fly. Through the sheer dedication of our front end hacker, we were able to
get 3d hand models on the screen of a 2d game- already a monumental step.
However, incorporating the hand motions took longer and was more
challenging than anticipated due to the lack of clear and complete documentation
of the Leap Motion sensor.
One of our great accomplishment was creating a game that features an
artificially intelligent opponent. Although the idea of having an artificially
intelligent opponent who has learned the game before playing against the
player is not new, it is rare to see a constantly-adapting opponent who
learns right alongside the user. This required a large interaction at all
levels but we are especially thankful to our team members who developed
the algorithm. This contribution creates a uniquely captivating experience
for the user and encourages them to improve and interact more with the game.
Our other great accomplishment was in the game interface development.
Creating a fully playable game with coherent rules and structure is not trivial
because incentive structures have to keep players challenged without turning
them off from trying to improve. Our game handles this beautifully by having
a simple idea, enhanced by the intrigue of using the Leap Motion, balanced
by the challenge of beating a constantly-improving opponent.
All of us stretched our personal limits as well.
Working with a team of strangers in a stressful environment to create
something coherent and beautiful in a laughably short amount of time
is inherently impressive- especially because we all had to learn new features
of programming languages in order to create such a robust final product.
What we learned
In the end, all of us have a lot to take away from the projects.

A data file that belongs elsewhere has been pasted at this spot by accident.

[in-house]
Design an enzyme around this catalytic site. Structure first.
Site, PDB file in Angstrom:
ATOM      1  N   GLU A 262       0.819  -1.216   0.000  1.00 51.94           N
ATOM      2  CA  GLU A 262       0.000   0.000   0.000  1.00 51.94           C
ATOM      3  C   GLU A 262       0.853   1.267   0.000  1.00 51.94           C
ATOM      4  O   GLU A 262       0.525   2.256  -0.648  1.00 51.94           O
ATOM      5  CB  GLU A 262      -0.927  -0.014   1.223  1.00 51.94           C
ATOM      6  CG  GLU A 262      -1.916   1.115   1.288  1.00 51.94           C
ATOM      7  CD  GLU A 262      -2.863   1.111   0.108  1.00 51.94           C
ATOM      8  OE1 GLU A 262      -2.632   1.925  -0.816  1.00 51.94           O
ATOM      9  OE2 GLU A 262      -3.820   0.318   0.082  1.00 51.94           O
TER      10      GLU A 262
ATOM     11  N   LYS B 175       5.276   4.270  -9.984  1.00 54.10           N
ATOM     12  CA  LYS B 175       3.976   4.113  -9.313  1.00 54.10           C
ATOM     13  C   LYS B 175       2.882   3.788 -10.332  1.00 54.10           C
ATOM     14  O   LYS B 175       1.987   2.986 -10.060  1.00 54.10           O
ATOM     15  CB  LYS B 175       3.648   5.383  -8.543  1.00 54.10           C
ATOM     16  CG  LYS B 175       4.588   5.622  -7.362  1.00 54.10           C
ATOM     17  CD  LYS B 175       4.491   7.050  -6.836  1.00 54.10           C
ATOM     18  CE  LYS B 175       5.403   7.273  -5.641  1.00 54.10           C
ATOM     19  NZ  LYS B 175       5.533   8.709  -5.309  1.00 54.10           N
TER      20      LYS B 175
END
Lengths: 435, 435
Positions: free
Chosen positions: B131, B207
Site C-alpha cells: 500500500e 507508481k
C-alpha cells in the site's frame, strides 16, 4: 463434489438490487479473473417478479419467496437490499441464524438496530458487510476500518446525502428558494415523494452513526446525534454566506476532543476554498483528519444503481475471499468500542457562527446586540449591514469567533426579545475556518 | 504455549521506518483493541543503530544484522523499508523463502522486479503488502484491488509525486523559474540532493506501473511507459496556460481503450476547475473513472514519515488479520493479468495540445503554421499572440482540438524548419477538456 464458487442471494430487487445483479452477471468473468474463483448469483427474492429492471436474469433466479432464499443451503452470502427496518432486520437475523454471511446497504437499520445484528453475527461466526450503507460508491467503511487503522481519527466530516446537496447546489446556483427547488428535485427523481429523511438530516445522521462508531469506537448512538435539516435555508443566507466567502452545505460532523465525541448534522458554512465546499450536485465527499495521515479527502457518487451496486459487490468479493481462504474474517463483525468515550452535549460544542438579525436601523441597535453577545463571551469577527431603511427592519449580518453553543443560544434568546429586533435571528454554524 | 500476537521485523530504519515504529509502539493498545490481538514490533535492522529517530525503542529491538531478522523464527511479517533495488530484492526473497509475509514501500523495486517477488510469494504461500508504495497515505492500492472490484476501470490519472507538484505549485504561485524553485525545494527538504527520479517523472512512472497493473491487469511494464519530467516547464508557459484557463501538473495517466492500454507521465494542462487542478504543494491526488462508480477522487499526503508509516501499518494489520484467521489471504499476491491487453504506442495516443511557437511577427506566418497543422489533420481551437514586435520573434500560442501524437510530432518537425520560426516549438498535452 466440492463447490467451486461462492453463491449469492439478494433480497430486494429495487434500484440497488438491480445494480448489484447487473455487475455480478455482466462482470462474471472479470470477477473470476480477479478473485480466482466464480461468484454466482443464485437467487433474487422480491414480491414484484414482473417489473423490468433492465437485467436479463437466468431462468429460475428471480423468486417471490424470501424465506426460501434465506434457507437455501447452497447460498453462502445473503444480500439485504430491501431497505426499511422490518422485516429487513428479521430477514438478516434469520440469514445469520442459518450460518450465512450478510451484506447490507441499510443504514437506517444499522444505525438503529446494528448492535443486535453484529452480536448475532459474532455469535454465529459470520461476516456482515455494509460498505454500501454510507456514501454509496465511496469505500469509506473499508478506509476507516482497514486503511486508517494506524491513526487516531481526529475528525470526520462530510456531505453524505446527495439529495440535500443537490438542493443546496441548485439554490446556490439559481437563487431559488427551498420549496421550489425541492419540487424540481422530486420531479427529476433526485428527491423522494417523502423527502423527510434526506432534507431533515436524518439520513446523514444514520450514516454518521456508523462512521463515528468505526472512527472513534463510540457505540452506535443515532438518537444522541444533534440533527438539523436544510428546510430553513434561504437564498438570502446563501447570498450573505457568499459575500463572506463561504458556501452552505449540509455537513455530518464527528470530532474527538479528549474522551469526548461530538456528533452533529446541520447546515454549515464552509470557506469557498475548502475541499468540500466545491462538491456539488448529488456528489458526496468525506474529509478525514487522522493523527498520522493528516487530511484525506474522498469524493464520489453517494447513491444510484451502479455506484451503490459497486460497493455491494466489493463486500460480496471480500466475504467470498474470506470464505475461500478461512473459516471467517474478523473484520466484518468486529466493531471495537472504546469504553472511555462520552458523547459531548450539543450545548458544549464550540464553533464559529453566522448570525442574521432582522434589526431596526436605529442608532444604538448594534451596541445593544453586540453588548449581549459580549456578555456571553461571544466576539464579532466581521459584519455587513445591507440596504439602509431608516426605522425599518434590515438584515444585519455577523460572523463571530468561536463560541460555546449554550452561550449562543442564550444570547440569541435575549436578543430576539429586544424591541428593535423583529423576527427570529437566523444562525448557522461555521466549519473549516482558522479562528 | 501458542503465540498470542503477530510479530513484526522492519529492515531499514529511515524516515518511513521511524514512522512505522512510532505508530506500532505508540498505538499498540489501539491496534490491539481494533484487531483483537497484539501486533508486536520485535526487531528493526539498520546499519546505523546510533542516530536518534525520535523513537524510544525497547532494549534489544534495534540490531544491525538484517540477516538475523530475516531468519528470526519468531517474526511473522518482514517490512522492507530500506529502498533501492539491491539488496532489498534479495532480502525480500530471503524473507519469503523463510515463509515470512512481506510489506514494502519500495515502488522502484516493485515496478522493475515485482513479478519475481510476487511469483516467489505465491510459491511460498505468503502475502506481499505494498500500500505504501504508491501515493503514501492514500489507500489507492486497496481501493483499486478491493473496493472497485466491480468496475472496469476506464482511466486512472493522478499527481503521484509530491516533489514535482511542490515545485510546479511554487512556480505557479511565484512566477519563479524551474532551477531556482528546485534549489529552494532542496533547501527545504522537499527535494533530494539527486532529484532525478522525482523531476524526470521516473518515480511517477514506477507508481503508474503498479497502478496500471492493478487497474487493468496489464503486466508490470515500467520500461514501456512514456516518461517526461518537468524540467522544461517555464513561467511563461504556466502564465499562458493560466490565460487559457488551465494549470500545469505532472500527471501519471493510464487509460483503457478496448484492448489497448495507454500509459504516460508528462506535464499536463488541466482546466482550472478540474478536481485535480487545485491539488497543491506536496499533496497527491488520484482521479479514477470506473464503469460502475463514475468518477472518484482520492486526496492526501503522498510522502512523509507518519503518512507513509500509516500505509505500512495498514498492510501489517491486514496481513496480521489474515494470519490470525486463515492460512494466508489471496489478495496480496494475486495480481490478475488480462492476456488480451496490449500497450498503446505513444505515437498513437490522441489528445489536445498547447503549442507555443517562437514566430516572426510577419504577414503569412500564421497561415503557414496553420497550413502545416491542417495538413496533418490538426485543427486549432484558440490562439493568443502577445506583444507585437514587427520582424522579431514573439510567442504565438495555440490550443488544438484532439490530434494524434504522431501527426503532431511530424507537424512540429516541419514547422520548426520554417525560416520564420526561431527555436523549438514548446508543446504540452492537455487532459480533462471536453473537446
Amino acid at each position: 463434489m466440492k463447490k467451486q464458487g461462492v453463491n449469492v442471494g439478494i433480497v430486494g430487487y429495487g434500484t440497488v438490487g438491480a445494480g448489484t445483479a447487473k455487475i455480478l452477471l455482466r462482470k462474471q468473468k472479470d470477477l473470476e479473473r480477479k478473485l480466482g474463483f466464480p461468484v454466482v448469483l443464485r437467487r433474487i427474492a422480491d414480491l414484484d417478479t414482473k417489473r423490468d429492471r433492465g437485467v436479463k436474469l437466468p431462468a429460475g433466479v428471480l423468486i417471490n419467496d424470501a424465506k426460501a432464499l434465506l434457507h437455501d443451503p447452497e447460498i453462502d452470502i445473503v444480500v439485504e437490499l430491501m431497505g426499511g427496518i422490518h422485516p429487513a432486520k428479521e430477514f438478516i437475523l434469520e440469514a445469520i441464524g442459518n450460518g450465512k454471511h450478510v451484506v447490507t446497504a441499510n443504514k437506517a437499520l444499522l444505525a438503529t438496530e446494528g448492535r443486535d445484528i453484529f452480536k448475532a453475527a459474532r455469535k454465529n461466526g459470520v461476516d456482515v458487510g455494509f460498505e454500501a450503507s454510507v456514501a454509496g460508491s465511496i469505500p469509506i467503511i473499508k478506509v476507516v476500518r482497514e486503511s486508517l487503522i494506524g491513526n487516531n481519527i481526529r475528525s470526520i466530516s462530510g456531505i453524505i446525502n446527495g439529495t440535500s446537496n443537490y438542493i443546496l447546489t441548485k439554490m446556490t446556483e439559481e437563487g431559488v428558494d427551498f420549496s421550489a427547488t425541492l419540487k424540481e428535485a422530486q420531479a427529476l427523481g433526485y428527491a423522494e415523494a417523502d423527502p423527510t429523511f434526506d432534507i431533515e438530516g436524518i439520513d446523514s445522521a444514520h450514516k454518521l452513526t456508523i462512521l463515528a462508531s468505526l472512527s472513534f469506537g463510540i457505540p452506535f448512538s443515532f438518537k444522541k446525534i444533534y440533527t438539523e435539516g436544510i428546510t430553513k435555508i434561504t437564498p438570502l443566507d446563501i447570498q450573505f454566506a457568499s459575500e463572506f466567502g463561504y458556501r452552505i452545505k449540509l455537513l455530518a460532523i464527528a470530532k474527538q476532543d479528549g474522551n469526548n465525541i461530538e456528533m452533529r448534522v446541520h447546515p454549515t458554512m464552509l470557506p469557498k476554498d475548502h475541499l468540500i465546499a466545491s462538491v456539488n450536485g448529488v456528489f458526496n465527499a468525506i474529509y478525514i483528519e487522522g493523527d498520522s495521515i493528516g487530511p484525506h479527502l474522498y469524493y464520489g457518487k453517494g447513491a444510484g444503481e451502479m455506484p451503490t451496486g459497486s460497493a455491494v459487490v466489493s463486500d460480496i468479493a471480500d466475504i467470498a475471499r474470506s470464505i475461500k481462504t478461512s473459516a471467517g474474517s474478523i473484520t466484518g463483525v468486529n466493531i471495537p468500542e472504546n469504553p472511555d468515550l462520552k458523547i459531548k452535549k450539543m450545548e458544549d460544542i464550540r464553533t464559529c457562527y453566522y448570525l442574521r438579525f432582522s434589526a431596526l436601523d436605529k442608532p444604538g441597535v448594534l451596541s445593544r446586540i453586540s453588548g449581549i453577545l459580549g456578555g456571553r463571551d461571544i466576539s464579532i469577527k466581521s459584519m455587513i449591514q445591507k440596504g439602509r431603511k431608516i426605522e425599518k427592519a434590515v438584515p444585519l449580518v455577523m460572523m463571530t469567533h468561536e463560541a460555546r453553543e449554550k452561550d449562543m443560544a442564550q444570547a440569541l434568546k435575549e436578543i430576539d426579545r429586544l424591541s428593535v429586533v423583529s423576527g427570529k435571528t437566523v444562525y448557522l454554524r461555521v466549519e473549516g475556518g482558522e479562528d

We learned how to work together and come to a consensus on a
project that was both challenging and (mostly) possible to accomplish
in about a day. We learned how to keep our spirits up an keep grinding,
and how to laugh in the face of danger.
Also, at least one of us finally learned what “json” stood for- which
may or may not be an indicator of just how much we had to learn
in order to accomplish this project.
What is next
Part of responsible project design is creating minimum viable
products at multiple achievement levels. Being able to design a
complete project even with time and software constraints works
very nicely in a game, but there are plenty of opportunities for us
to make the game more fun and interesting to play.
In our original game design, we wanted to have multiple levels,
starting with just one hand gesture to introduce the player to the
game, and then in subsequent levels we would them how elements
could combine to become more or less powerful in the next level.
We wanted to gently bringing them to the level where they had to
master 4 hand gestures, rather than throwing them into that in the
first place. In order to improve the game, we could add multiple levels
with higher and higher levels of difficulty.
With artificial intelligence, the sky is truly the limit.
We can teach the AI to jump and crouch to dodge user attacks,
or do a variety of creative evasive or offensive maneuvers to keep
the player challenged and interested.
In addition, this idea can easily be envisioned in AR or VR in order
to truly capture the spirit of futuristic gaming brought about by the
Ultimately, the possibilities are endless. With an open-ended and
engaging game idea, combined with the technological prowess
of Leap Motion and artificial intelligence, or game is truly one of a
kind and provides a unique user experience that cannot be found
In the game, we wanted to have reinforcements for the user such as
messages that say "Good Job!" or "Okay..." so that users could
learn which combinations were more powerful than others.
However, we did not have time to implement this. The user can still
look at the damage they inflict on the opponent to see if they are
choosing good combinations, but for an improved game
experience, we could implement these feedback messages in the